In a business across the street, people know the time and realize an opportunity for brainstorming. These people, according to Davis (1996), are unafraid of the future, embrace it, anticipate it, and manage it rather than wait for it. Rather than holding to a strategic plan, this group thinks in terms of strategic vision. They scan their horizon for opportunities to change and grow into new markets and products. Is this organization expecting to grow beyond its walls into a new arena where office is a place but not required for work?

Achieving Design Makeover

How do leaders use design to their organizational advantage in a rapidly changing global environment? Taylor and Wacker (2000) share an answer in what they call the age of possibilities. Today, as never before we are free from traditional bonds of work, we are free to choose our futures as well as shape them to suit our own desires and needs. Hoffman (2006) suggested that workers now have ways to shape their destiny and their future in ways past generations of workers could not imagine.

Traditional organizational design follows traditional lines of authority on both horizontal and vertical axes. Contemporary organizational design seeks to eliminate structure and design elements that impede lateral interdepartmental collaboration. These contemporary organizations prefer coordination with what Nadler and Tushman (1997) classify as workers freed from geography, physical structures, and delays in information.

Leaders in contemporary organizations making a design change are active in the midst of the organization, often from the midst of workers and sharing the workload with them. Maxwell (2005) advises leaders not to forget the people. Forgetting them, he says, leaves the leader risking having leadership erode. Leadership demands often force leaders to operate at a speed faster than the organization. Maxwell’s point is to slow down, “To connect with people, you travel at their speed” (pg. 214). Leaders might heed the Harper’s Bizarre (1967) song lyric, “Slow down, you move too fast.”

Yet, slowing down is another paradox for leaders who want to change organizational design. Leaders believe they must keep moving to keep the organization moving. By contrast, slowing the pace allows a leader to scan the horizon for new opportunities, sense or see a vision that had not been there before. Budman (2004) wrote in The Conference Board that the future of business would continue to “need trainers, and researchers and economists and teachers…and executive to manage them all” (pg. 1). He continues to sell the idea of a new business design that attracts knowledge workers because workers want to be part of the new design. Thus, the paradox of slowing down may help propel the leader, workers, and the organization forward.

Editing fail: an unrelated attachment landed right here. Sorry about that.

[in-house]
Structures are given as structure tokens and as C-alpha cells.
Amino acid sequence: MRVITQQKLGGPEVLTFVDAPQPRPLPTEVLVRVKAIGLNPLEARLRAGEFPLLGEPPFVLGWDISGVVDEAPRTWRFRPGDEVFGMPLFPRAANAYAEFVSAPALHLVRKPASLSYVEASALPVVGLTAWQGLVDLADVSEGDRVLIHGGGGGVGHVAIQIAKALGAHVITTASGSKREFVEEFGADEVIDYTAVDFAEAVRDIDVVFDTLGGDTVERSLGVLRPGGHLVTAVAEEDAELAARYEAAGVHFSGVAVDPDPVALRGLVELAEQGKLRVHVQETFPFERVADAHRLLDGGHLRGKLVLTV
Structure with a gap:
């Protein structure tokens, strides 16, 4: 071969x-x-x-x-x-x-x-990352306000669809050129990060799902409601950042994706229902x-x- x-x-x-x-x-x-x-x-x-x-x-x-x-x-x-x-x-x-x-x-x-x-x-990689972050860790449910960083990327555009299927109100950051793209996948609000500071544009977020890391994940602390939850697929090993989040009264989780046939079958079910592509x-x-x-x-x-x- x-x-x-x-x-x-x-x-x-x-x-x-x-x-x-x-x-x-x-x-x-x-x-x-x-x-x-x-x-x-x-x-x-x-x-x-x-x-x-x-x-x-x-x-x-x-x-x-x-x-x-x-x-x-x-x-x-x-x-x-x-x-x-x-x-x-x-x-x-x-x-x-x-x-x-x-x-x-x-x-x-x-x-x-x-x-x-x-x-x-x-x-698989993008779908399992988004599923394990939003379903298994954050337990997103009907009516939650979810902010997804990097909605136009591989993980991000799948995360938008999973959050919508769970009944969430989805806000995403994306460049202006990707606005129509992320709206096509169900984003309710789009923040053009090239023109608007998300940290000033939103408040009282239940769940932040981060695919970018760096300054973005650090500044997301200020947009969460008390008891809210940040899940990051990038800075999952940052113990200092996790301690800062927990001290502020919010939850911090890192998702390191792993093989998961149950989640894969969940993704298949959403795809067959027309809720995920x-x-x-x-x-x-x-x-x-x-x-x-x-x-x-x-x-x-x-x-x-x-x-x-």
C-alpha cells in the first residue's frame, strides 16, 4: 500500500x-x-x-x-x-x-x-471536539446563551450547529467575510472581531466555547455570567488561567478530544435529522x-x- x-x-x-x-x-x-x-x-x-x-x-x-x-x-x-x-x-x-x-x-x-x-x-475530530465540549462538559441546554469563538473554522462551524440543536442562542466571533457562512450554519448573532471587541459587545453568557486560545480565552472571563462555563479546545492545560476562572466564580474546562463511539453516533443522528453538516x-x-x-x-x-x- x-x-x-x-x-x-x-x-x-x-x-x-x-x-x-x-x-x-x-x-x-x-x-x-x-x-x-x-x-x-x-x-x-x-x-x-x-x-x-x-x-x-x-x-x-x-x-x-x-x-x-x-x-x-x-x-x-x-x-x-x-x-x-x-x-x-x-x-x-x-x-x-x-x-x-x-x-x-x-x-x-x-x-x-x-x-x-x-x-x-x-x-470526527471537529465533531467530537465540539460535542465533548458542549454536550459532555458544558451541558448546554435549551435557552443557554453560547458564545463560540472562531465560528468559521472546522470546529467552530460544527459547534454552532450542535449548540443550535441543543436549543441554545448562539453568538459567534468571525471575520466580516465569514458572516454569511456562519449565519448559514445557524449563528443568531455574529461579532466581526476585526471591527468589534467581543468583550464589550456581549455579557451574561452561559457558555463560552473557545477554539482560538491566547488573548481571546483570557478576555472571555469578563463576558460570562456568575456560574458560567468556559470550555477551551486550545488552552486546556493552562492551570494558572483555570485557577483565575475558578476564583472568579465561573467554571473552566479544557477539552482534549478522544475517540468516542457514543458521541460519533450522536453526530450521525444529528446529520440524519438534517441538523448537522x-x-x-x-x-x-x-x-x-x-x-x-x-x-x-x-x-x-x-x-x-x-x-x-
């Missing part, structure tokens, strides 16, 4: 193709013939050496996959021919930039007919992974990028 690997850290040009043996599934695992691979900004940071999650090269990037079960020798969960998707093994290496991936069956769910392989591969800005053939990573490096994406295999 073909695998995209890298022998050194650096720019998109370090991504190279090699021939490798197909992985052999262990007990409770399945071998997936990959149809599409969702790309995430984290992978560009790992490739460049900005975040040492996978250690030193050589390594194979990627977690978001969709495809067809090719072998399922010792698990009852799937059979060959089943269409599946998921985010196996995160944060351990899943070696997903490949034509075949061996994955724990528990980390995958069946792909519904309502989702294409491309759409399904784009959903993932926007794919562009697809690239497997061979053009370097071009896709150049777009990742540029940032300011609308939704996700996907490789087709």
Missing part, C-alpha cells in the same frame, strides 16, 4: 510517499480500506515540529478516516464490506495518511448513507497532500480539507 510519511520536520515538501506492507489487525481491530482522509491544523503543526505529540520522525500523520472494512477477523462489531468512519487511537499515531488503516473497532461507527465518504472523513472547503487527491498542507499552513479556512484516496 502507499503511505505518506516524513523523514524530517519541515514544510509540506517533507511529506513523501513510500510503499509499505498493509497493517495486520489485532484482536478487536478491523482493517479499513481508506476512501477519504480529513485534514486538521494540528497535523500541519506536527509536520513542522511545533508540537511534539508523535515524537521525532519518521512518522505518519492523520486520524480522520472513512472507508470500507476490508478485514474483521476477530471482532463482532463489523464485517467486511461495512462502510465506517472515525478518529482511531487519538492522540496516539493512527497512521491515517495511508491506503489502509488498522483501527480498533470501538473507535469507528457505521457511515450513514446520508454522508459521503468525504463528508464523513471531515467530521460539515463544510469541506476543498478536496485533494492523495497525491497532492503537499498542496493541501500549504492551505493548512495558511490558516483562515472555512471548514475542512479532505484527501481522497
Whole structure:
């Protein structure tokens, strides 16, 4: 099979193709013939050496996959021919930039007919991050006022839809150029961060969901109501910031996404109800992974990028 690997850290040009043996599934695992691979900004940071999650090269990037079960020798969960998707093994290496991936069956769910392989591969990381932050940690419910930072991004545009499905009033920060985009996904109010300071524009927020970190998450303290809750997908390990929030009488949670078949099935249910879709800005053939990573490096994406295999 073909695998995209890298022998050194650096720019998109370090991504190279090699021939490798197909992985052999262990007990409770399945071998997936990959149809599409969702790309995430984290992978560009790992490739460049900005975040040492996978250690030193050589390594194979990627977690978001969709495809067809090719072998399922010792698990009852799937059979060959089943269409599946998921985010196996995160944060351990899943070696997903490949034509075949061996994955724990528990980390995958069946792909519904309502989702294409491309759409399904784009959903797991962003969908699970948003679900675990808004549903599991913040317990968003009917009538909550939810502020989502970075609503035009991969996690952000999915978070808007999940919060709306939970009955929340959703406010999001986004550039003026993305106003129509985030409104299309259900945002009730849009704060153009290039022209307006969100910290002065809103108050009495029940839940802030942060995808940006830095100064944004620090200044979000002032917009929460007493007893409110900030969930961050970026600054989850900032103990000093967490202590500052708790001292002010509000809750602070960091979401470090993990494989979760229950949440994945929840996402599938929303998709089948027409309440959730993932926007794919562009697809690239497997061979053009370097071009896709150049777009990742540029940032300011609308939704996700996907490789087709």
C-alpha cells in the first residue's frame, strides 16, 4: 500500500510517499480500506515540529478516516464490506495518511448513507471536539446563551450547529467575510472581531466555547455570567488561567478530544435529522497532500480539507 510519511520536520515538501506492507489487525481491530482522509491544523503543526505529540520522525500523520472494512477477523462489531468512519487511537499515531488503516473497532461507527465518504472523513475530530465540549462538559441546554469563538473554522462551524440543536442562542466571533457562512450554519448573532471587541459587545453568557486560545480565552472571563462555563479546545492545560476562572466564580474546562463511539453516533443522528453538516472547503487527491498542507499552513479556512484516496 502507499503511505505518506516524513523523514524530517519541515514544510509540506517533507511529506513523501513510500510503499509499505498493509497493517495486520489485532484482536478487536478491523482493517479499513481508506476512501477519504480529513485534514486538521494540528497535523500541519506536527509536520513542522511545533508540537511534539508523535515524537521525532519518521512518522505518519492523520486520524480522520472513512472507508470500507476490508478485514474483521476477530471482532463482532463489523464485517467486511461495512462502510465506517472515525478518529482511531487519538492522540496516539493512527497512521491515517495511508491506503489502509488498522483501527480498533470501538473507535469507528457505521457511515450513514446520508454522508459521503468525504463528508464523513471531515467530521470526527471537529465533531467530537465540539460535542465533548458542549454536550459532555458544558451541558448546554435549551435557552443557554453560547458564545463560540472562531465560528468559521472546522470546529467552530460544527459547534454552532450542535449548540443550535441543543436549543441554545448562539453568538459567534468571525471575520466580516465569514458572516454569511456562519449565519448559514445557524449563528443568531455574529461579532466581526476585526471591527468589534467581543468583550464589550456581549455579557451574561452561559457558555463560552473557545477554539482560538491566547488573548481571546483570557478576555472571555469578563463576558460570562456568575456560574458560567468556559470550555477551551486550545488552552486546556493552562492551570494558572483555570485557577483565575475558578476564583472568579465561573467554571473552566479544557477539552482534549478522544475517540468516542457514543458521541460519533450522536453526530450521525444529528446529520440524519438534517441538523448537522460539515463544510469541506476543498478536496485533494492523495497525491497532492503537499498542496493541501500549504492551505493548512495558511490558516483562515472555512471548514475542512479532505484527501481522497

Contemporary design no longer depends on halls and walls and offices as traditional business once did. Budman (2004) continues his discussion on leading knowledge workers. New leaders often find themselves operating in a system of workers separated by thousands of miles. He tells leaders to educate themselves on new technology and global business operations. As Hoffman (2007) observed, “In 21st century organizations, leaders have a responsibility toward knowledge networks; granting them resources necessary to develop common capabilities, develop incentives for membership, as well as standards and protocols for sharing information.”

Are we observing a shift from the days of going to the office, putting in our eight or ten or twelve hours, punching the time-clock, and calling that work? Is contemporary business shifting from supervised hours to process completed? The fabric of change invites flow of processes completed rather than hours spent at or in the office. Nurturing leaders recognize the value of placement and proper use of people to reap a bountiful harvest. A new reality is emerging; work no longer depends on a physical structure to house workers. There is something new in the business fashion design to improve productivity and business.

The New Design

There are new designs appearing on the thresholds of contemporary businesses. The concepts tear at the fabric of traditional thinking and reorder theories of worker placement. Let us examine one example.

This example is one we are familiar and comfortable with. It is a global business with extensive multilingual Internet presences. Upon reading the organization name, almost everyone has a cognitive reaction. Perhaps, many are members of their networks of buyers, sellers, and marketers. Their Internet home page offers a view of their operational design with this statement: